Charting digital literacy: A framework for information technology and digital skills in the community college. 3
to gain new technology skills and prepare for new careers in the knowledge economy. This studyattempts to contribute to this literature need by proposing a list of digital literacies andtechnology education objectives for use within the community college learning environment. Aframework like this can be used to test assumptions of digital skills of students of variousdemographics, the skills of instructors, and correlation between skills and curricula, teachingmethods, institutional factors, and disciplines.
Research Questions
The impetus for this study emerged from the lack of a clear set of guidelines, standards,rubric, or other framework by which to measure digital literacy, technology education efficacy,or technology skills. In addition, to best analyze the effectiveness of digital technologyeducation, it was also important to identify many of the technology skills in existence today thatare either demanded within academia or the global knowledge economy, environments for whichthe community college seeks to empower their students to have the requisite technology skills,regardless of their chosen discipline, background, or career choice. While this study seeks todevelop a comprehensive list of technologies and competencies related to digital literacy, it islikely that no standardized list can ever be completely formed. This is largely due to theinterpretive nature of technology and its perceived importance by many groups. Instead, thisresearch collects the best information available and synthesizes it in a manner that helps tostimulate the discussion of technology education and provides a starting framework from whichto conduct future research.As such, the following questions guided this study:1) What technologies and functionalities exist today within the global information economy andhow are they used?2) What is digital literacy and what should students know? How has this changed fromtraditional literacy and core skills?3) How do digital literacy and technology skills differ among educational levels (K-12,community college, four-year university) and student groups (transfer, career/technical,remedial, returning)?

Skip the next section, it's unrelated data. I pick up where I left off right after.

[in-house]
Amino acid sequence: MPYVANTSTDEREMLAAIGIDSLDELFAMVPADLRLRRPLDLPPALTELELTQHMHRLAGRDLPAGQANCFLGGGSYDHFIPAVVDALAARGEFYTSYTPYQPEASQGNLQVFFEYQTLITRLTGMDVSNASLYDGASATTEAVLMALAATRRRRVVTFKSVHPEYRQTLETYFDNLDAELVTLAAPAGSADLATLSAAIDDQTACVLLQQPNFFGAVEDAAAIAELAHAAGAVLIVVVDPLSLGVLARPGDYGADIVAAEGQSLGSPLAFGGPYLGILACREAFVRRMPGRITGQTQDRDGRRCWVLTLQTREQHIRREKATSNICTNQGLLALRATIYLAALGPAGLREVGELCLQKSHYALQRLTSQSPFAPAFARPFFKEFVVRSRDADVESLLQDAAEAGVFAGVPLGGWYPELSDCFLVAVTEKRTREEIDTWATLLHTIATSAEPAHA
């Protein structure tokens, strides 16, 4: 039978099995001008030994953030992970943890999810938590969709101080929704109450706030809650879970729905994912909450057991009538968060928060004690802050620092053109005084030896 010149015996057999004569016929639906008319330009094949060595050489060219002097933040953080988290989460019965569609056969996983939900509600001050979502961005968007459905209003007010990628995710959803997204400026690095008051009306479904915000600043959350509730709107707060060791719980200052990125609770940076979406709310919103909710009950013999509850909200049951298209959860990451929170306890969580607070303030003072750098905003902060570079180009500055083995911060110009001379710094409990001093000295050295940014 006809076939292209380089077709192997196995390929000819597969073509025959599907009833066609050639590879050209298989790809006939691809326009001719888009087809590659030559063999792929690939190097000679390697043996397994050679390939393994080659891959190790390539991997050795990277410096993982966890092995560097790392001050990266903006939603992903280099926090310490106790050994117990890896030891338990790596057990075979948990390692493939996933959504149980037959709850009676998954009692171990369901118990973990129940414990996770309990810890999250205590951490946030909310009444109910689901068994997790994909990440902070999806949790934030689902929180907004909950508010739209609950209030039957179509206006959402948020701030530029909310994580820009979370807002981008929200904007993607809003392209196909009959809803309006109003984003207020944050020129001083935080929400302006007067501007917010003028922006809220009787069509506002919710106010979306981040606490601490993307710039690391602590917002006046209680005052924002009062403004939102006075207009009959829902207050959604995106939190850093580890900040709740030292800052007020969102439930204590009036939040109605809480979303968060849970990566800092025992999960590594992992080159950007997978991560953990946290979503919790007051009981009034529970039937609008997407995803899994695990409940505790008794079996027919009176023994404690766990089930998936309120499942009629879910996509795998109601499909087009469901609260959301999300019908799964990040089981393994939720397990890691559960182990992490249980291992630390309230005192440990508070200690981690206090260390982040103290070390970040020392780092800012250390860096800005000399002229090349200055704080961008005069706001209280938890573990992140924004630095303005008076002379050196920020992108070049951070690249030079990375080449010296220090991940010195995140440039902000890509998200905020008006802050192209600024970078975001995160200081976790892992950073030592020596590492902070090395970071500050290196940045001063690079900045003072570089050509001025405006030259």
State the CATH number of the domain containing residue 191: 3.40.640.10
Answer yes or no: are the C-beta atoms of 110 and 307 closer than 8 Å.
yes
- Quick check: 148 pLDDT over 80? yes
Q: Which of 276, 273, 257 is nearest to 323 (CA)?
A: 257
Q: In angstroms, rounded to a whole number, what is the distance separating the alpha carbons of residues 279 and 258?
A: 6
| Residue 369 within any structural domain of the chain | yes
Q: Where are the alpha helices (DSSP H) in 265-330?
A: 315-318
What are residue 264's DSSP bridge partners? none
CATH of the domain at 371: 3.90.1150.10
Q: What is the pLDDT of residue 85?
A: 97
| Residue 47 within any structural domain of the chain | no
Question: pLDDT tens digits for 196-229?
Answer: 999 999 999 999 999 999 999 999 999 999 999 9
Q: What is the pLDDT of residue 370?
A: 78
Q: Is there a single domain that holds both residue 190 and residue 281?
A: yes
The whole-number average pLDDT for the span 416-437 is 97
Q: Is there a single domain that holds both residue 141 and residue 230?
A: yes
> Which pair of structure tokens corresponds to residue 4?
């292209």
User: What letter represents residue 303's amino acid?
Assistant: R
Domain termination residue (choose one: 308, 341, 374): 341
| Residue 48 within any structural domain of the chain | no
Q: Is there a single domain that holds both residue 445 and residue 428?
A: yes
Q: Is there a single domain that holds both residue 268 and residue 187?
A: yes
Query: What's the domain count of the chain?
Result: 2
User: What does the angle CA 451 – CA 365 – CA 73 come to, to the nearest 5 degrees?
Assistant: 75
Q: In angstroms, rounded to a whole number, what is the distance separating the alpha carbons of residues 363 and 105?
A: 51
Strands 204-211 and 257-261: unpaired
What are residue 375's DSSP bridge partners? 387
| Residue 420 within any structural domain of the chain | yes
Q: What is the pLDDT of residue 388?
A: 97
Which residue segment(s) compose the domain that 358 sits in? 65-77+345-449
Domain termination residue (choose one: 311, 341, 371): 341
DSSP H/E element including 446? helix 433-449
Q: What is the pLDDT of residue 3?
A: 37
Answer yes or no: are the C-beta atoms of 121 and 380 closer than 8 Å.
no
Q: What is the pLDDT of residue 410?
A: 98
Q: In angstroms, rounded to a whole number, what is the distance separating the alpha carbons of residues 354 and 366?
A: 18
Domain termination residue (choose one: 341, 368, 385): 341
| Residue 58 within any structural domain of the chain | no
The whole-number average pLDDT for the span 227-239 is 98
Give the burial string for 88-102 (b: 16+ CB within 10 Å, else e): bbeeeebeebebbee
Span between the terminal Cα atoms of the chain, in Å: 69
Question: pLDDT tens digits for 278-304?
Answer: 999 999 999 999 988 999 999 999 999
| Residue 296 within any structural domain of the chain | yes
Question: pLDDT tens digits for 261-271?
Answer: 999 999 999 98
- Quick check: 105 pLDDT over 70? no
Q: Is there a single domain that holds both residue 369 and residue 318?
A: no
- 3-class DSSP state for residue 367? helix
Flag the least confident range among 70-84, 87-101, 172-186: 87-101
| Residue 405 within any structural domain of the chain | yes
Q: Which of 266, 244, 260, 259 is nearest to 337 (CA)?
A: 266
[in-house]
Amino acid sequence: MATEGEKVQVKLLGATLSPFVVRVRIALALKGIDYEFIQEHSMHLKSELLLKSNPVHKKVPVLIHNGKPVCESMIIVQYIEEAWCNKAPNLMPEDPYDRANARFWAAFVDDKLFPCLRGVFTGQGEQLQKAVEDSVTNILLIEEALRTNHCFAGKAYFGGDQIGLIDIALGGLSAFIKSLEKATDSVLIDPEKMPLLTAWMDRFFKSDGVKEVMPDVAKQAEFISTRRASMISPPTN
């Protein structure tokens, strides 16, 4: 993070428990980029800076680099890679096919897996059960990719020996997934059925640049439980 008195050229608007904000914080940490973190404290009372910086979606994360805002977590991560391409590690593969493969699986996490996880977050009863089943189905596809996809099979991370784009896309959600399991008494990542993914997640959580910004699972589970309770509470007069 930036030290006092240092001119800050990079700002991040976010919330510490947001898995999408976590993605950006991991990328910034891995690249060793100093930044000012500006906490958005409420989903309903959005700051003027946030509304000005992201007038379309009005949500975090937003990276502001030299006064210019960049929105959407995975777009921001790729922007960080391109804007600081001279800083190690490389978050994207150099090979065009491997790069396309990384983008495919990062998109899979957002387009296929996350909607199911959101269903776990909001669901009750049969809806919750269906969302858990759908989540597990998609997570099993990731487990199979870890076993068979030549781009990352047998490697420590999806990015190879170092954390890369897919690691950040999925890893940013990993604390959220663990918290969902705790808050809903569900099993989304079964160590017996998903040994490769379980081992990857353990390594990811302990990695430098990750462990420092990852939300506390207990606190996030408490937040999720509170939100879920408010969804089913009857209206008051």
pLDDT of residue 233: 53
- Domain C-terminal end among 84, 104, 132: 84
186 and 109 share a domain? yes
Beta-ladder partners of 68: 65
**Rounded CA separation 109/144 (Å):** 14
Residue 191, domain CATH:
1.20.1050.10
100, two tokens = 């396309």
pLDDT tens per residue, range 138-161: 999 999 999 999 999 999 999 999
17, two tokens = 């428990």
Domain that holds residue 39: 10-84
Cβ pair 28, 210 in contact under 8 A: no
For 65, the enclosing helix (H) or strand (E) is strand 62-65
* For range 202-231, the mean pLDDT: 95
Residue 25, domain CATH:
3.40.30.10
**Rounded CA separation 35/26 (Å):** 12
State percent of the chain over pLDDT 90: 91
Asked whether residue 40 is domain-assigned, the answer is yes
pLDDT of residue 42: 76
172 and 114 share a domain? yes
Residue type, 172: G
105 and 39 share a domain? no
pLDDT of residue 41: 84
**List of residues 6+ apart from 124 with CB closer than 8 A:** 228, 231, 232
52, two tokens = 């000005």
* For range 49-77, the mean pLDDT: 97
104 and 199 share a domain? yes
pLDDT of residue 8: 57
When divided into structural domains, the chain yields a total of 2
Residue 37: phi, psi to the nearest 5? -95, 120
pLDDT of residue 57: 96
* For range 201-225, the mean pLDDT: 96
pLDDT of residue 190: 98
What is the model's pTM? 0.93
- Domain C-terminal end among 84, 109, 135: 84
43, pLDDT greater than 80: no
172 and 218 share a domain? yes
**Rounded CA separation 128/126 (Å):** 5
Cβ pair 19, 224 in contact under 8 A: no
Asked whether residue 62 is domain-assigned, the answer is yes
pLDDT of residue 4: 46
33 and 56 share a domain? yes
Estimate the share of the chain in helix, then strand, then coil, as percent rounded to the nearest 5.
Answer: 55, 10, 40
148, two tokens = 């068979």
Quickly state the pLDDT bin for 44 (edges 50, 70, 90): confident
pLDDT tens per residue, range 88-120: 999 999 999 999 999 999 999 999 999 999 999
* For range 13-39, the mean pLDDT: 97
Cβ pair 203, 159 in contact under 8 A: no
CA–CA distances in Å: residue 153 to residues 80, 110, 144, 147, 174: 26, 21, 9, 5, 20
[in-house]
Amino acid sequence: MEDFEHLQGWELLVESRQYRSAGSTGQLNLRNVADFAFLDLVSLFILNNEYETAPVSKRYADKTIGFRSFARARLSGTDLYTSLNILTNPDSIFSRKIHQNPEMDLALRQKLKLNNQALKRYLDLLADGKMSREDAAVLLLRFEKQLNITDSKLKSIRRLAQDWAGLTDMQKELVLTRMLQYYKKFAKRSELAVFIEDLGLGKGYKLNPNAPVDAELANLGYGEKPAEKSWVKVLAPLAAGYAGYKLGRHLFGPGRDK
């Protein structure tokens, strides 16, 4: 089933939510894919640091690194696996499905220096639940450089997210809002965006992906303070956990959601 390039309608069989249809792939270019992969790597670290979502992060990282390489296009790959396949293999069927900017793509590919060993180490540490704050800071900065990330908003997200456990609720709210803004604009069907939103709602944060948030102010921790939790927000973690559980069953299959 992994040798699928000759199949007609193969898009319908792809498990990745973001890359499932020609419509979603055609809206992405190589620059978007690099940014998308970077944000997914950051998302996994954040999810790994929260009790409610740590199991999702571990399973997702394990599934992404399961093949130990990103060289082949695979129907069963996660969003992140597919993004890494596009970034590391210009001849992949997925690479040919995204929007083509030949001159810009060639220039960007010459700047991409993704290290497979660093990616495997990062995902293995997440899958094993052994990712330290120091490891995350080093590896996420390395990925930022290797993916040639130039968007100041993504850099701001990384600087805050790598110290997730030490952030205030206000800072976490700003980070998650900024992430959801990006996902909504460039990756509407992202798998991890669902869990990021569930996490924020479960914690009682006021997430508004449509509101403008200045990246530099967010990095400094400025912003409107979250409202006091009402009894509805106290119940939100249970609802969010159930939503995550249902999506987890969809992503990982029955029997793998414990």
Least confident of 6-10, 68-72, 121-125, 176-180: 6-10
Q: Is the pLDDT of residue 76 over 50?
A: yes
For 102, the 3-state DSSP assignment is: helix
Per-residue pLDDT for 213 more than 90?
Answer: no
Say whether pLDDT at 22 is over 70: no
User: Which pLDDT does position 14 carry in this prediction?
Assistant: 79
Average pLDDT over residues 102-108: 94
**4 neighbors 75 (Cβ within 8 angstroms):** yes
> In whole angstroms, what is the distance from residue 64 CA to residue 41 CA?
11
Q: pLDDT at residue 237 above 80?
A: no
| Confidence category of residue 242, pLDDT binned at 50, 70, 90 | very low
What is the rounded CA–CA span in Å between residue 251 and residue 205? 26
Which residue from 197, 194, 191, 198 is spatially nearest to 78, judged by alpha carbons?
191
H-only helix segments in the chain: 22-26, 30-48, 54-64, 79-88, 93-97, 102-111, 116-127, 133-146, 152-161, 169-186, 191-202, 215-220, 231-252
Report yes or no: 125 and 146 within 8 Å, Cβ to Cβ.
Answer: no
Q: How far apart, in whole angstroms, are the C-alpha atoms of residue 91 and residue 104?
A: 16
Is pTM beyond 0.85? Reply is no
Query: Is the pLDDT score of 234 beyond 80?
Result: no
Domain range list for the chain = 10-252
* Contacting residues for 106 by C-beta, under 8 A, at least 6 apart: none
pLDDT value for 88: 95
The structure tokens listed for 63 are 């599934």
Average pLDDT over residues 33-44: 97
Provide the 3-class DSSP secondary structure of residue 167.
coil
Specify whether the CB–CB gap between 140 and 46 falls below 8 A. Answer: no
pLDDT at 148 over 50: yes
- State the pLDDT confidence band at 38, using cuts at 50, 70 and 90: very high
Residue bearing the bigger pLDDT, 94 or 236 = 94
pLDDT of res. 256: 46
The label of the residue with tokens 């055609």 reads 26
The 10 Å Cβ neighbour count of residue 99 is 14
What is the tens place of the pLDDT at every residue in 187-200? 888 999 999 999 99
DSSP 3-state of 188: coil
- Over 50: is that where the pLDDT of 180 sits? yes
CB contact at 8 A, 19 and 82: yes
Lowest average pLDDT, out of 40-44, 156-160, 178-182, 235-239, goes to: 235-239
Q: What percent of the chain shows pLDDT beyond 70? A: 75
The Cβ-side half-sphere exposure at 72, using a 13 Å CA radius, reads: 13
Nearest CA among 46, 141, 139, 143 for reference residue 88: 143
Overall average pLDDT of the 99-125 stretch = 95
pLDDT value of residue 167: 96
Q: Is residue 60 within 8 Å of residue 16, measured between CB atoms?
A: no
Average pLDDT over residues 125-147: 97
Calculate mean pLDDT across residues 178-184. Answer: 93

2. Literature Review 
Digital Literacy Explored
Paul Gilster first mentioned the notion of “digital literacy” in his mid-90s volume of thesame name (Gilster, 1997). Defined for this research, digital literacy is the ability to efficientlyand accurately use digital information technologies and the information retrieved from them in avariety of contexts, such as academic, career, or daily life. In other words, digital literacy is bothknowing how to use technologies in today’s world as well as how to retrieve, use, and analyzeinformation that digital media provides. In his text, Gilster suggests that digital literacy would bean increasingly important skill in the new millennium with the growing reliance on information